Independent and FREE - 2021 Best Online Publication

Building materials soar in price amid supply shortages

Independent and FREE – 2021 Best Online Publication (Qld Country Press)

Building materials soar in price amid supply shortages

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The cost of building materials is soaring amid record house-and-land sales

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Homebuyers have been urged to negotiate fixed-price contracts as the cost of building materials soars, with some key products like plumbing undergoing several price hikes in recent months.

Government building incentives and low interest loans have had a huge impact but so too have other COVID-related issues.

“There is no doubt we are seeing significant upward pricing pressures particularly since November 2020,” Metricon Queensland general manager Luke Fryer said about South East Queensland.

Metricon Queensland general manager Luke Fryer.

“A fixed price contract is an absolute key as inflationary and cost increases through both supply chain and trade are significantly more than they have been in previous years.”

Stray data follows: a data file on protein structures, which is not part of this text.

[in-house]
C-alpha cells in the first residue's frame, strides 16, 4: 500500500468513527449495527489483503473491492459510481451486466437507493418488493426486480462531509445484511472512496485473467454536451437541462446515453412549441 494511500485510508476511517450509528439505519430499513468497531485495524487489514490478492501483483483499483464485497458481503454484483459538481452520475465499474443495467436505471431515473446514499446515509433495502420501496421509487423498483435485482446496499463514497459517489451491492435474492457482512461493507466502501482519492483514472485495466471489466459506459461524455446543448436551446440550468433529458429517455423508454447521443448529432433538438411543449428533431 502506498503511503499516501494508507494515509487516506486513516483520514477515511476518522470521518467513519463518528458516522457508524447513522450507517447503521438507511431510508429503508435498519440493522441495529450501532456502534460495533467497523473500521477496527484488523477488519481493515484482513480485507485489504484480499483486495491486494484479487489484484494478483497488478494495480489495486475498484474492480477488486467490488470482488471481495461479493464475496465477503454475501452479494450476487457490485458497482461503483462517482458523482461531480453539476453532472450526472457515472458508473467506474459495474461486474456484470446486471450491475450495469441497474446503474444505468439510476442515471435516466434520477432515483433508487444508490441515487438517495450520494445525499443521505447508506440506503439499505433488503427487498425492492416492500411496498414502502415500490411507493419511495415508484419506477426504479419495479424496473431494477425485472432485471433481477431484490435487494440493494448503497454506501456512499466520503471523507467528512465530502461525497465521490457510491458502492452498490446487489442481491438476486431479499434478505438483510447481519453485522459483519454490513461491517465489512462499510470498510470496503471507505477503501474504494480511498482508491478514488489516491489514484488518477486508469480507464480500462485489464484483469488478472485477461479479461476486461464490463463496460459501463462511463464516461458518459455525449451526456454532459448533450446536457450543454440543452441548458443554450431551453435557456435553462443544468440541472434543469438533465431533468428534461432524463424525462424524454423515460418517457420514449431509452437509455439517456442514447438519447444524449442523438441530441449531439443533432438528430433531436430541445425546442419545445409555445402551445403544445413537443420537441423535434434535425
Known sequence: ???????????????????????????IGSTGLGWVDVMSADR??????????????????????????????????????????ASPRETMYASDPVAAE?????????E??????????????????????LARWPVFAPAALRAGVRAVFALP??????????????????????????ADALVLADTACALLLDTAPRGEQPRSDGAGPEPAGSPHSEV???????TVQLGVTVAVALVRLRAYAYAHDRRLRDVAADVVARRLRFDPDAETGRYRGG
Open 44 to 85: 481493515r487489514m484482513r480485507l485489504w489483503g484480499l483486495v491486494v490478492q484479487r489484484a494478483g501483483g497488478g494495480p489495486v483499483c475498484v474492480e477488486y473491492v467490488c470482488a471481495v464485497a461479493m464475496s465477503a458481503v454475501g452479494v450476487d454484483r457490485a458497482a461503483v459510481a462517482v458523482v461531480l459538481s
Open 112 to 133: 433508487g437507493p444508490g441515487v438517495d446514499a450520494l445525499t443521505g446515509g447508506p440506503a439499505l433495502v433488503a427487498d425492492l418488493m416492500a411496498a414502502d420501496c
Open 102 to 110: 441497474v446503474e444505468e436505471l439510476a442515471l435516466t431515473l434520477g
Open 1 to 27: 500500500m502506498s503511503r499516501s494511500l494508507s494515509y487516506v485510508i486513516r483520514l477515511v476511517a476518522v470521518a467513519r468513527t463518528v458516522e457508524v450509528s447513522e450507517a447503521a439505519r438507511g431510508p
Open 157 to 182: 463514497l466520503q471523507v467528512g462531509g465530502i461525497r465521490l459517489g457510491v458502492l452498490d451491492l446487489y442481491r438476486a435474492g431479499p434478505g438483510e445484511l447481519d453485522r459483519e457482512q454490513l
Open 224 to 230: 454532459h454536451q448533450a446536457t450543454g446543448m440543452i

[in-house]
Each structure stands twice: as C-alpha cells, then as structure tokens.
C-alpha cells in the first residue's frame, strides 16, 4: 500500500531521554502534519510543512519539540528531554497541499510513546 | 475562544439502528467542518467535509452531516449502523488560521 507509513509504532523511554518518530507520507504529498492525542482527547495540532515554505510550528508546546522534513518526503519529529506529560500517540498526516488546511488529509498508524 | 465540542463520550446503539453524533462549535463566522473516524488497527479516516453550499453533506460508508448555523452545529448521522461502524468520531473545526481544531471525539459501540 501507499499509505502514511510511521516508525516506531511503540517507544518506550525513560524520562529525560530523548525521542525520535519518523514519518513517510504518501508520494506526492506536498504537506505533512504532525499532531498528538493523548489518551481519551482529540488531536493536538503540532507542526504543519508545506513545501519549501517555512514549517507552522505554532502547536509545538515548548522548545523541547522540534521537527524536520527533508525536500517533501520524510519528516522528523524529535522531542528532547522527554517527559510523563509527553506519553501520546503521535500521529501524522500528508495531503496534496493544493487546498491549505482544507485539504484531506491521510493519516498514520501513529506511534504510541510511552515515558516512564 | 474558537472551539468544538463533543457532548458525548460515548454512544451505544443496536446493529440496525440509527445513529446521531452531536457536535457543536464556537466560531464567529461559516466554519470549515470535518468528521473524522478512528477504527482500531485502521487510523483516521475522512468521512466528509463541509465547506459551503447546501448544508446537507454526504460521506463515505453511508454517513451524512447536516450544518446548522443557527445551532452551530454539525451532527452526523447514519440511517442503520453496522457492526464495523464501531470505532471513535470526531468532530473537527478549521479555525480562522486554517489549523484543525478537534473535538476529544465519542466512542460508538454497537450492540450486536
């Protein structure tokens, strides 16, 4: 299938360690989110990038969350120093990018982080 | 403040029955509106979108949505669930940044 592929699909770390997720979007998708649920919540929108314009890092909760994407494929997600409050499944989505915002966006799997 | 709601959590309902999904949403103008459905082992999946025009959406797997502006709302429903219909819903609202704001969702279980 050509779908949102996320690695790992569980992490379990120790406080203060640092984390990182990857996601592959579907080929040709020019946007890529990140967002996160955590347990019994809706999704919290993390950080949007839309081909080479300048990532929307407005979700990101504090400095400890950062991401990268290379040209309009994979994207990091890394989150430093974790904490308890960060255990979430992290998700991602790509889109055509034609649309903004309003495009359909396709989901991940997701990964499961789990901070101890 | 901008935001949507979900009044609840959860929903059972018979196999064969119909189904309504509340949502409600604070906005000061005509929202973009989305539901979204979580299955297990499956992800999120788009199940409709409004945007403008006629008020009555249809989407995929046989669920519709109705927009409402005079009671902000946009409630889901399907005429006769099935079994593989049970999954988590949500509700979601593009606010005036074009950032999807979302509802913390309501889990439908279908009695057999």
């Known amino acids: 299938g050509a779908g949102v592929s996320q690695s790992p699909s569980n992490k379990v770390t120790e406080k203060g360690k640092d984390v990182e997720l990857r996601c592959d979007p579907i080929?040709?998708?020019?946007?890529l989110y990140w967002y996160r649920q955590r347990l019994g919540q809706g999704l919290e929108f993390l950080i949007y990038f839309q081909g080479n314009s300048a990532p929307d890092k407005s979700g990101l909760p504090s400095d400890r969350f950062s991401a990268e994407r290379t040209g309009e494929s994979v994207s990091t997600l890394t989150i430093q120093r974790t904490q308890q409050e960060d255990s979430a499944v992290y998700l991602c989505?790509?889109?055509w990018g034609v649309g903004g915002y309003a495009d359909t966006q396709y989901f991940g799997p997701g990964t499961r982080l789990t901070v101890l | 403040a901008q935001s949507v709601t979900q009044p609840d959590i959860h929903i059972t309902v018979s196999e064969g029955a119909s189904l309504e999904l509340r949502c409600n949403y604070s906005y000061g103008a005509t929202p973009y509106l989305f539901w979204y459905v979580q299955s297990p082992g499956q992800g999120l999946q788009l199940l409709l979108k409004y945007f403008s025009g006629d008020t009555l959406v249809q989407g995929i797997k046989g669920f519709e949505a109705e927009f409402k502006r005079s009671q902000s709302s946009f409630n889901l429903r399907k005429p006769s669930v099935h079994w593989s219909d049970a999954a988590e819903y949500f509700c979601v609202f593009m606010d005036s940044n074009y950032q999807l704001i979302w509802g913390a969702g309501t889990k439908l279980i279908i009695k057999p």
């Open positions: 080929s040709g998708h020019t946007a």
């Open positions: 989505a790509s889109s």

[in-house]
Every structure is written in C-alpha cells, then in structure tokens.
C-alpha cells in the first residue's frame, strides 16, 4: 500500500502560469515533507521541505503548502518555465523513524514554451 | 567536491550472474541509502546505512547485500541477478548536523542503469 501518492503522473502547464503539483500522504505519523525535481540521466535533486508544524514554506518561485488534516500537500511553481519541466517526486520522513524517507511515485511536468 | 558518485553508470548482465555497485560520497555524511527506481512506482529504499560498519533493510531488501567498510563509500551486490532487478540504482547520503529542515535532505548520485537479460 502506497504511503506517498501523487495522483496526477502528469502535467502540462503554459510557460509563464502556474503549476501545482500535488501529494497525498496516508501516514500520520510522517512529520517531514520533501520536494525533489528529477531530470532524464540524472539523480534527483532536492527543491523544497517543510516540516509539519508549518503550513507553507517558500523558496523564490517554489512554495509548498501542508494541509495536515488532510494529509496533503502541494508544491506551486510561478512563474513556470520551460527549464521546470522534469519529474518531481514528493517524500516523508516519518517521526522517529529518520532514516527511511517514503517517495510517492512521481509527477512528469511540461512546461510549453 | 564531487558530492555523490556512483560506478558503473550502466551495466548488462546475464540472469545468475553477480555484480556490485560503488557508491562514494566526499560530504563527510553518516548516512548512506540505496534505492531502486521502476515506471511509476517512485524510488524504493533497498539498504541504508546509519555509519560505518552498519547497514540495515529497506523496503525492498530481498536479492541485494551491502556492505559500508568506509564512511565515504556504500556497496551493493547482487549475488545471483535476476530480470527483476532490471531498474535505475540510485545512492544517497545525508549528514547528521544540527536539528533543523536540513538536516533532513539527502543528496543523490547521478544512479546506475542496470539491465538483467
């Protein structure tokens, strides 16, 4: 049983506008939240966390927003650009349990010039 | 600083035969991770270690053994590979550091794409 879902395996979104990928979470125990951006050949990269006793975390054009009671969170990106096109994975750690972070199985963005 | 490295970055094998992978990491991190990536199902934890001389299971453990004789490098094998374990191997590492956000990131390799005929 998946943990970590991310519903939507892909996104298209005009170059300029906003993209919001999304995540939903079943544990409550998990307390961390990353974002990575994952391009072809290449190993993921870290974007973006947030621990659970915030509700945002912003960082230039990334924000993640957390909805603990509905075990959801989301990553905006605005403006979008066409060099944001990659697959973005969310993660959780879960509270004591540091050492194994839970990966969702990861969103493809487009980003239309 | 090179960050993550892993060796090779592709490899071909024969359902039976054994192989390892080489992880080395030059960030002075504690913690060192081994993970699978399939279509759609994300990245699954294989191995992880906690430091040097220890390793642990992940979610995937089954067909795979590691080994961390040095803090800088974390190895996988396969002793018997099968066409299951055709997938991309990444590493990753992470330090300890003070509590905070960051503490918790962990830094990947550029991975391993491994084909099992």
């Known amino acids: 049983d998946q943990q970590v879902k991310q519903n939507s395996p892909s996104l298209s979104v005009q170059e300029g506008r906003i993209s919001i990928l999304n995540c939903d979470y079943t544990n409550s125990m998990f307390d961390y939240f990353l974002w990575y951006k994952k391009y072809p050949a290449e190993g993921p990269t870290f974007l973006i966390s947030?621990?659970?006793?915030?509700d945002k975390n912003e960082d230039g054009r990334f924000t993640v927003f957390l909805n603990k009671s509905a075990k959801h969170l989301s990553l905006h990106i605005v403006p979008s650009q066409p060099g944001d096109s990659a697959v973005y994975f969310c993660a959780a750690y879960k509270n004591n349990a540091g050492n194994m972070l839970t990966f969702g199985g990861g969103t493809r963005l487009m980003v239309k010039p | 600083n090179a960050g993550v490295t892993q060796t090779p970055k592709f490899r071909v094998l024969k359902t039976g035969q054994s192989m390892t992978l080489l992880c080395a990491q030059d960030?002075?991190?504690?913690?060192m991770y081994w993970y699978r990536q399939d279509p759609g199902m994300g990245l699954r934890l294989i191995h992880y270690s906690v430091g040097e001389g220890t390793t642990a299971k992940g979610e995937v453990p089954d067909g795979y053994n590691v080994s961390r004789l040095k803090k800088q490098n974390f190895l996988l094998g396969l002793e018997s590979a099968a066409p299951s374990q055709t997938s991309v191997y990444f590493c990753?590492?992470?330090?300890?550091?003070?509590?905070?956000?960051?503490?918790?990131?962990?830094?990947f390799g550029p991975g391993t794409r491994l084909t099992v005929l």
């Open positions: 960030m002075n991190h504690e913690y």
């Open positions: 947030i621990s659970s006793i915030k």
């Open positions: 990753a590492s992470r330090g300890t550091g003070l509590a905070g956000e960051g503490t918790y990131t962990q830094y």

He said the building industry costs were now at double the normal inflation rate.

Mr Fryer reported some Metricon suppliers were having logistical problems due to material importing delays or because of production slowdowns as a result of enforced factory shutdown periods.

Master Builders regional manager Nicola Scott said timber frame costs had gone up 10 to 18 per cent and there have been three price increases in plumbing hardware in the last three months.

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“There is a shortage of timber whiteboard for cabinet carcasses, delays in window supply requiring additional certified site visits, roofing costs increasing significantly with delays being experienced and 30 per cent increase for block layers,” she added.

Ms Scott also said trade shortages were being reported, particularly carpenters and tilers.

“It’s purely as a result of demand outstripping supply in addition to the complications that many manufacturers have had due to COVID,” Mr Fryer said.


Luckily, many of the major manufacturers have been proactive in securing their supply chain. Since November Metricon has been purchasing key items immediately a customer’s fixed-price contract is signed, well ahead of the construction start.

Ms Scott recommended before a person entered a construction or renovation contract for works over $3300, they get more than one quote, seek legal advice and contact QBCC to check the service provider has a current licence.

And be prepared to compromise on fittings choices Ms Scott added.

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There are few signs the industry is going to slow down in the near future.

“The once feared waterfall of the end of Homebuilder is now no fear at all,” Mr Fryer said.

By December, 60 per cent of his new home sales were to Homebuilder grant holders.


Post-Christmas that number dropped to 30 per cent with more Queenslanders, who have sold their home to “domestic migrators”, sometimes for a tidy profit, now looking to build.